Illinois Natural History Survey - University of Illinois

Johnson grass (Sorghum halepense)




Johnson grass is a tall, coarse, grass with stout rhizomes. It grows in dense clumps or nearly solid stands and can reach 8 feet (2.4 meters) in height. Leaves are smooth, 6-20 inches (15.2-50.8 cm) long, and have a white midvein. Stems are pink to rusty red near the base. Panicles are large, loosely branched, purplish, and hairy. Spikelets occur in pairs or threes and each has a conspicuous awn. Seeds are reddish-brown and nearly 1/8 inch (0.3 cm) long. Johnson grass should be accurately identified before attempting any control measures. If identification of the species is in doubt, the plant's identity should be confirmed by a knowledgeable individual and/or by consulting appropriate books.

Similar Species
Sorghum halepense with its white leaf vein, wide leaves, and reddish seedhead is distinguished from (1) eastern gamagrass (Tripsacum dactyloides), which has flowers in a spike rather than a loose panicle; (2) switchgrass (Panicum virgatum), which has no white vein and a greenish-yellow seedhead; 3) big bluestem (Andropogon gerardii) and Indiangrass (Sorghastrum nutans) which both have narrower leaves and usually lack a prominent vein.

Originally native to the Mediterranean, this grass now occurs in all warm-temperate regions of the world. It is widely distributed in tropical America, common in the southern U.S., and distributed throughout most of Illinois. It is particularly common in cultivated river bottoms in the southern 1/4 of the State, especially along the Mississippi, Ohio, and Cache River bottoms.

This species occurs in crop fields, pastures, abandoned fields, rights-of-way, forest edges, and along streambanks.
It thrives in open, disturbed, rich, bottom ground, particularly in cultivated fields.

Life History
Johnson grass is a very aggressive, perennial grass. It occurs in dense clumps that spread by seed and rhizomes to form nearly pure stands. The grass emerges late in spring and forms seed by July 1, reaching a height of 8 or more feet. Stems and leaves die back after the first frost, but the dead litter often covers the ground all winter. Rhizome cuttings commonly form new plants, making it very difficult to eradicate. It spreads rapidly and is not affected by many of the agricultural herbicides.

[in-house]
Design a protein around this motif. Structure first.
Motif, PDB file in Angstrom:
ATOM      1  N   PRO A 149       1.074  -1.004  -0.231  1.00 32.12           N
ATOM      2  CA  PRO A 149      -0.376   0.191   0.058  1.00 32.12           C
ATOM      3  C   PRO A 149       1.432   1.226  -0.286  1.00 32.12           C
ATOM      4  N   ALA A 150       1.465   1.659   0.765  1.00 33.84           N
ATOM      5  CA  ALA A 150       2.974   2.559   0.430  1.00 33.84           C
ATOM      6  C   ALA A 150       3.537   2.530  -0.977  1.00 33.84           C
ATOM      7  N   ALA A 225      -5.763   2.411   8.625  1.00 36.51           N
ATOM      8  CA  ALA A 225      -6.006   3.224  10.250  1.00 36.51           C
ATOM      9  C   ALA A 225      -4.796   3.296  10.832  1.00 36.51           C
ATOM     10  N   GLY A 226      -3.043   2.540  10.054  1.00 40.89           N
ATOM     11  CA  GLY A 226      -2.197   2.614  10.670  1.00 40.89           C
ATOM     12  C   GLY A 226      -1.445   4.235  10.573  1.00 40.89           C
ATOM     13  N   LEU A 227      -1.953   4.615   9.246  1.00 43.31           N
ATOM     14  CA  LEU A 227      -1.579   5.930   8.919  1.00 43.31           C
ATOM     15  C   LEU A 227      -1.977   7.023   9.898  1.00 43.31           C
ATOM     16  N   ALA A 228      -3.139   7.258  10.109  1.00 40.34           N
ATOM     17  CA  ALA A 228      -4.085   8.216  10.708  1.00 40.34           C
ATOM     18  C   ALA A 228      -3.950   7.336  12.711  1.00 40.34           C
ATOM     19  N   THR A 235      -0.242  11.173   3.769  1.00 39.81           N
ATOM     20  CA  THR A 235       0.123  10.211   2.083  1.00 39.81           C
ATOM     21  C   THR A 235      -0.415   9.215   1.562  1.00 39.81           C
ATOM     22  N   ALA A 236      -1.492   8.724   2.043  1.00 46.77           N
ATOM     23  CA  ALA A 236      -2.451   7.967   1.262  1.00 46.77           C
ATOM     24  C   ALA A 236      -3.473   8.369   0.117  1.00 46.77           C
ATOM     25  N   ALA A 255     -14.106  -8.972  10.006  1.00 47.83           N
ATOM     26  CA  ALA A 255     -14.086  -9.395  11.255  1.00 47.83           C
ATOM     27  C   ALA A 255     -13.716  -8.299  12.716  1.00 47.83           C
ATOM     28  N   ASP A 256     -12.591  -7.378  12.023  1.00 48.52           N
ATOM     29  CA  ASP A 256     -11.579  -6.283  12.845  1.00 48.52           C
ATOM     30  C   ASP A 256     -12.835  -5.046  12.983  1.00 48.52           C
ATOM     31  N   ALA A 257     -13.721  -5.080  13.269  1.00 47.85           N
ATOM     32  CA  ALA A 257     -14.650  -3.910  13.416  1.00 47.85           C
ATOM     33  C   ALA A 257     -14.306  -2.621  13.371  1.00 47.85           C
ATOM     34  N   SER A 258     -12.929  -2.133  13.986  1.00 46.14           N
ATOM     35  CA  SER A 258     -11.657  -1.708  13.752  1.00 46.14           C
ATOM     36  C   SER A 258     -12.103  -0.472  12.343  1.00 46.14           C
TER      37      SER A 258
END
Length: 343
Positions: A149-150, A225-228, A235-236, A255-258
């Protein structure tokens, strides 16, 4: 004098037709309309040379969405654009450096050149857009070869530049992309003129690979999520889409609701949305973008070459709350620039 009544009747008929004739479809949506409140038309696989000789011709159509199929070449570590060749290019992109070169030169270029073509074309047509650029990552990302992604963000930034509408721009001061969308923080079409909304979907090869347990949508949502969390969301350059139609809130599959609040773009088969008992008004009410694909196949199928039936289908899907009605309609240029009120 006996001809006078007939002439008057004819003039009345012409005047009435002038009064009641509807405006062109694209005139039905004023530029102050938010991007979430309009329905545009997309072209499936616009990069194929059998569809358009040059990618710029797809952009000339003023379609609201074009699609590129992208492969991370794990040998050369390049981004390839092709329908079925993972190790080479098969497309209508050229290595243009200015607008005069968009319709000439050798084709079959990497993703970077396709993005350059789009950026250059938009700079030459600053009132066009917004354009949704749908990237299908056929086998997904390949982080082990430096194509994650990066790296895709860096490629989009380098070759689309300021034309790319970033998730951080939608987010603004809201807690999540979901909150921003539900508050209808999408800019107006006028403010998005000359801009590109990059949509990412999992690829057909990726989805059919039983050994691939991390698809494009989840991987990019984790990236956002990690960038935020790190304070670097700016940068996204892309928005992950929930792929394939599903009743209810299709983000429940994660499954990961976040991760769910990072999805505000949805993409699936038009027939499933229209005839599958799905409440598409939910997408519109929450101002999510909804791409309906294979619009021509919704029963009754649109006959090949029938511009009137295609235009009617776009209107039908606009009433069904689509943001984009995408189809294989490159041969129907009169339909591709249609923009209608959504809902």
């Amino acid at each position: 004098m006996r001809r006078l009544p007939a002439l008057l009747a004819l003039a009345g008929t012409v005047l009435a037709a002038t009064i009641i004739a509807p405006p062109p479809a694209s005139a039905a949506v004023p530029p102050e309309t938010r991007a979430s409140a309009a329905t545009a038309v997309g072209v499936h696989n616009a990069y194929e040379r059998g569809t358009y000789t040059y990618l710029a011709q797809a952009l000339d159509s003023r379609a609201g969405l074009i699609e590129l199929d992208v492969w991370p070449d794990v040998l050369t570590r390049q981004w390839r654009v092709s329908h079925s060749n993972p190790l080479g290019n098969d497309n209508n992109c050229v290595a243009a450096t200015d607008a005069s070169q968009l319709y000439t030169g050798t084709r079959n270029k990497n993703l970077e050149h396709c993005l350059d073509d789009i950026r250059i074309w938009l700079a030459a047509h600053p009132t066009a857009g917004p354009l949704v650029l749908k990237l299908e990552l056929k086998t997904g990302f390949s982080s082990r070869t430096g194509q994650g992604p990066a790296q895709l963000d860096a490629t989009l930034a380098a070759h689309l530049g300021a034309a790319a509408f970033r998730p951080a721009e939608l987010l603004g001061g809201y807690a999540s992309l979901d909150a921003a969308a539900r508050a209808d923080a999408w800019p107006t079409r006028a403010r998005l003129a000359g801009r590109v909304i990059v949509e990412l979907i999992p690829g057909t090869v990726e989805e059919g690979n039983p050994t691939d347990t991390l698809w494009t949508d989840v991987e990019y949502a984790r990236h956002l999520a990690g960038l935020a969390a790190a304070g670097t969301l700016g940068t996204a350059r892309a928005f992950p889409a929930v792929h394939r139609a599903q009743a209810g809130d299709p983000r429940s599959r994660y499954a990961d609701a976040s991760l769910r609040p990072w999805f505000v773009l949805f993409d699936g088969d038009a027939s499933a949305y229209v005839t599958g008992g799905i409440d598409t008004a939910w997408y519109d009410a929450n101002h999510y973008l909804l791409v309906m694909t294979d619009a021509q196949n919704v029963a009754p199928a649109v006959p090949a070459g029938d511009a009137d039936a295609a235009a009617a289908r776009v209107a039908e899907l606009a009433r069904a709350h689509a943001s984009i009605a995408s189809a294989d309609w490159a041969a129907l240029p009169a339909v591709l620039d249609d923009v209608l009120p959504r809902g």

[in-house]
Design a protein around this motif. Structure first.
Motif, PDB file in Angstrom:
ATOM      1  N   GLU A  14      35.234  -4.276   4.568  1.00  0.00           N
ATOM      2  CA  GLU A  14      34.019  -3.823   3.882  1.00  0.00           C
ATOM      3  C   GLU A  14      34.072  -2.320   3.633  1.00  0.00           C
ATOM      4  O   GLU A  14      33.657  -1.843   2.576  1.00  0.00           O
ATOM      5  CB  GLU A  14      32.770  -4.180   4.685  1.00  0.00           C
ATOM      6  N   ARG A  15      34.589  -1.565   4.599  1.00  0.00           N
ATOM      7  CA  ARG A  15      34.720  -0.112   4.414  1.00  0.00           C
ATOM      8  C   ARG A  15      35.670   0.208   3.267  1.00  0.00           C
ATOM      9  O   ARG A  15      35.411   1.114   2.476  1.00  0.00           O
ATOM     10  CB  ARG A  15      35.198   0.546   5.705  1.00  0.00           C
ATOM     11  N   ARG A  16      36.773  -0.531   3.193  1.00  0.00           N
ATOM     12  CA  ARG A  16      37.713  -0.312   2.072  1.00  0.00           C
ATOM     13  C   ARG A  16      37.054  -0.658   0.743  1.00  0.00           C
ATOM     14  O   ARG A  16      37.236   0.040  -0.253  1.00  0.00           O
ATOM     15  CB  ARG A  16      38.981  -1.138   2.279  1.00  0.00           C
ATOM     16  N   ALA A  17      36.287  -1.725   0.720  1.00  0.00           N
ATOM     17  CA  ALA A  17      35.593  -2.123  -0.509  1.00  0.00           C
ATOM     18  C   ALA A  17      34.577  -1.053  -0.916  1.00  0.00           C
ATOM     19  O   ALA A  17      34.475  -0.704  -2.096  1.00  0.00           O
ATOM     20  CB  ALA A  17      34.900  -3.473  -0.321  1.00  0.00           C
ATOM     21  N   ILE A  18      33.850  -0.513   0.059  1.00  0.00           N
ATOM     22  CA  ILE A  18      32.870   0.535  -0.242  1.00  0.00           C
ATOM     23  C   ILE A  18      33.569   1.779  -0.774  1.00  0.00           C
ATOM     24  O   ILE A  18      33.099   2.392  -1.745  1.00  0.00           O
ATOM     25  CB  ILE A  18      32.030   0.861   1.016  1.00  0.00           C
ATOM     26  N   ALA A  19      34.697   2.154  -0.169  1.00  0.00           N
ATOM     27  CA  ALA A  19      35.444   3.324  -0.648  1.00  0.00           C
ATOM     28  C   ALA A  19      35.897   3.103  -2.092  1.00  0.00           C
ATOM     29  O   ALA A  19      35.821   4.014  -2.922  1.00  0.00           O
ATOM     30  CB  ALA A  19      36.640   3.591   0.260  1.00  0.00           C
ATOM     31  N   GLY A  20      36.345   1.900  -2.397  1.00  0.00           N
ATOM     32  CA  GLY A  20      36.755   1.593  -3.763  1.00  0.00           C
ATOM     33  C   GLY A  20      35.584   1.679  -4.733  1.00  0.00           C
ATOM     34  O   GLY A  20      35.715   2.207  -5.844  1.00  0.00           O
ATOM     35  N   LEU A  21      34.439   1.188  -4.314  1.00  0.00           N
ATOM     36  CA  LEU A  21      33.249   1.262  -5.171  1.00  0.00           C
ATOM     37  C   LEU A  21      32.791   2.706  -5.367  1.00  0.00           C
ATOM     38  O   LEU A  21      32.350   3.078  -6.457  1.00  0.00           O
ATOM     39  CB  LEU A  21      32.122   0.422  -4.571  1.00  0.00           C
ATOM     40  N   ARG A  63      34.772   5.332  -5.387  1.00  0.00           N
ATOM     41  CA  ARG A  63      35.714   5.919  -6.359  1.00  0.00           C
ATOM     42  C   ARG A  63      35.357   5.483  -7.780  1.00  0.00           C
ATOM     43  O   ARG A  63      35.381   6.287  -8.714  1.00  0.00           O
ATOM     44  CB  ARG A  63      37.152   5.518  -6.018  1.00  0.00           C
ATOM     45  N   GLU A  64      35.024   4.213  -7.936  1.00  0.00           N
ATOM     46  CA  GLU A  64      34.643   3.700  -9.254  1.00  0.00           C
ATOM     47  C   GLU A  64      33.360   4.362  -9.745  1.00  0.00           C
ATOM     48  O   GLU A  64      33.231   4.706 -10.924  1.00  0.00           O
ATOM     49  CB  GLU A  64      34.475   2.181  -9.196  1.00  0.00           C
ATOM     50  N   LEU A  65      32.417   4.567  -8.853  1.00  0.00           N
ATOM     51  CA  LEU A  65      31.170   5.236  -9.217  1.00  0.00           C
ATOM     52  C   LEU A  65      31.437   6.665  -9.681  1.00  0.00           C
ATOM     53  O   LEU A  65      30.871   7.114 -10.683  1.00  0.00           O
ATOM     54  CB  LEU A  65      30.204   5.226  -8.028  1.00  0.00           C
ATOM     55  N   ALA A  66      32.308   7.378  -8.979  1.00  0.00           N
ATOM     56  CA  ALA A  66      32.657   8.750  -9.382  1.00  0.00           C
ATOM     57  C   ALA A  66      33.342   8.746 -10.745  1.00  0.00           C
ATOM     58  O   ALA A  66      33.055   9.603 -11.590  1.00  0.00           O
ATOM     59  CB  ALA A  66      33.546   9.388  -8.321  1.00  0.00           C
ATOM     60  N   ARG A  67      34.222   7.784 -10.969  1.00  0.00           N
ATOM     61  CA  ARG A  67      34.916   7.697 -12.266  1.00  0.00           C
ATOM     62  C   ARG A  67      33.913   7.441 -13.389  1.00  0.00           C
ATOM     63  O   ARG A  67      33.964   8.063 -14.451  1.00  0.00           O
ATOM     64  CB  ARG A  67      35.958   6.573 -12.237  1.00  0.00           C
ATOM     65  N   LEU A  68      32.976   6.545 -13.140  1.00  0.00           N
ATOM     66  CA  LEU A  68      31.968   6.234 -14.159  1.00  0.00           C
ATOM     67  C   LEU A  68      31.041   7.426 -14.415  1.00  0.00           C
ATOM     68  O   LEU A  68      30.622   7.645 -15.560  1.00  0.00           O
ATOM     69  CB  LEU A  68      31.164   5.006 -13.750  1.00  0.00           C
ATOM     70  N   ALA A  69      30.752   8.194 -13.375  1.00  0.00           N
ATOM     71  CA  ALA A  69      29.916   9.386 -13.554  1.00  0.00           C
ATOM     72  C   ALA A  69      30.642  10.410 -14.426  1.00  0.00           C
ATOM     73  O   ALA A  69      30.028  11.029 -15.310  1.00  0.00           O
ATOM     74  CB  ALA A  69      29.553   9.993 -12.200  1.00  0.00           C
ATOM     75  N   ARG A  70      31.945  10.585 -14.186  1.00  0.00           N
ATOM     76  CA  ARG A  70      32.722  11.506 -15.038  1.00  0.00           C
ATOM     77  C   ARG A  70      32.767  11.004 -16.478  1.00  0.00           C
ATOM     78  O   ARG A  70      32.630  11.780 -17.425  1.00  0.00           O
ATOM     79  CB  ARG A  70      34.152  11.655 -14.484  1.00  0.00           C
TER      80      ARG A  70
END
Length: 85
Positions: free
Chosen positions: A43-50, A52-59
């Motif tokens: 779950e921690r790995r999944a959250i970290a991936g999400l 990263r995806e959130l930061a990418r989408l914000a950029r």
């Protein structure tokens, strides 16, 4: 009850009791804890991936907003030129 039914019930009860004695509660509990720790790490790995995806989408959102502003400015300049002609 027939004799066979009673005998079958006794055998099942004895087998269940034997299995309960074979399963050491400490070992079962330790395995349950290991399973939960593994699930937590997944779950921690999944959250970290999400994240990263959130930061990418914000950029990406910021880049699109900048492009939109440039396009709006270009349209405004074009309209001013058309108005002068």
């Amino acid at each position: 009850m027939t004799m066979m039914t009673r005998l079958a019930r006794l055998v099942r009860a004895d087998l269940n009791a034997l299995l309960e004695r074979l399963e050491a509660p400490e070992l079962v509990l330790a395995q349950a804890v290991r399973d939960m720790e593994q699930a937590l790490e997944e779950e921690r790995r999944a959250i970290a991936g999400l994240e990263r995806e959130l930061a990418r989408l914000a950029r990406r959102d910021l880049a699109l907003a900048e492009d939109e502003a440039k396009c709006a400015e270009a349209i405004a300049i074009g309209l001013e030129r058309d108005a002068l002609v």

Effects Upon Natural Areas
Johnson grass invades riverbank communities and disturbed sites, particularly fallow fields and forest edges, where it crowds out native species and slows succession. It quickly dominates the herbaceous flora, reduces plant diversity, and is unsightly to observers. It occurs in disturbed parts of several natural areas such as Lower Cache, Horseshoe Lake, and Robeson Hills. This grass is a serious potential threat in many old fields where succession to forest communities is desired.




Initial effort in areas of heavy infestation
Johnson grass does not infest areas of high natural quality heavily except for the naturally disturbed environment along river banks in southern Illinois where it is difficult to control selectively. Seed panicles should be cut and removed from the area where practical. Dense patches can be controlled by spraying the foliage with 2% Roundup (a formulation of glyphosphate) during June, just prior to seed maturity. Care should be taken to avoid contacting nontarget plants, since Roundup is a nonselective herbicide. Do not spray so heavily that herbicide drips off the target species. The herbicide should be applied while backing away from the area to avoid walking through wet herbicide. By law, herbicides may only be applied as per label instructions and by licensed herbicide applicators or operators when working on public properties.